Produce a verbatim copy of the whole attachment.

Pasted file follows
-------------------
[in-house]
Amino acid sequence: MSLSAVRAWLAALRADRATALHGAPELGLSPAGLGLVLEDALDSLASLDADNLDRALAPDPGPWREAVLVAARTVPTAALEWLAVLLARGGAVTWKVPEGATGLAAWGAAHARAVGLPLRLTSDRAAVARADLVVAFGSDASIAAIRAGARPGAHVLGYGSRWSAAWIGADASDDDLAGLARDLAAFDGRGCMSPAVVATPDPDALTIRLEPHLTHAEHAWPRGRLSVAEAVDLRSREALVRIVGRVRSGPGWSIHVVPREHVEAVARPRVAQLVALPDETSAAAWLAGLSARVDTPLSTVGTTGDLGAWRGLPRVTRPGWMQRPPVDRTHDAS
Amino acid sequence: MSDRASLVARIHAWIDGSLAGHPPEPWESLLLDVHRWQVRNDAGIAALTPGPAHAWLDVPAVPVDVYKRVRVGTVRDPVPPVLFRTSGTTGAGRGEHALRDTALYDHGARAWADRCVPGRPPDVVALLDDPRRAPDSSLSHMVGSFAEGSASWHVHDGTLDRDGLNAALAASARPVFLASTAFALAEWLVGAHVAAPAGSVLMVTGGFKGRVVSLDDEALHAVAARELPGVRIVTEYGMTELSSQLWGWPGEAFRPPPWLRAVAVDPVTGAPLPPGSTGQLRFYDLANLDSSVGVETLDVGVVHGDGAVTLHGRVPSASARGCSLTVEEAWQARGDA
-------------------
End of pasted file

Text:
[in-house]
Amino acid sequence: MSLSAVRAWLAALRADRATALHGAPELGLSPAGLGLVLEDALDSLASLDADNLDRALAPDPGPWREAVLVAARTVPTAALEWLAVLLARGGAVTWKVPEGATGLAAWGAAHARAVGLPLRLTSDRAAVARADLVVAFGSDASIAAIRAGARPGAHVLGYGSRWSAAWIGADASDDDLAGLARDLAAFDGRGCMSPAVVATPDPDALTIRLEPHLTHAEHAWPRGRLSVAEAVDLRSREALVRIVGRVRSGPGWSIHVVPREHVEAVARPRVAQLVALPDETSAAAWLAGLSARVDTPLSTVGTTGDLGAWRGLPRVTRPGWMQRPPVDRTHDAS
Amino acid sequence: MSDRASLVARIHAWIDGSLAGHPPEPWESLLLDVHRWQVRNDAGIAALTPGPAHAWLDVPAVPVDVYKRVRVGTVRDPVPPVLFRTSGTTGAGRGEHALRDTALYDHGARAWADRCVPGRPPDVVALLDDPRRAPDSSLSHMVGSFAEGSASWHVHDGTLDRDGLNAALAASARPVFLASTAFALAEWLVGAHVAAPAGSVLMVTGGFKGRVVSLDDEALHAVAARELPGVRIVTEYGMTELSSQLWGWPGEAFRPPPWLRAVAVDPVTGAPLPPGSTGQLRFYDLANLDSSVGVETLDVGVVHGDGAVTLHGRVPSASARGCSLTVEEAWQARGDA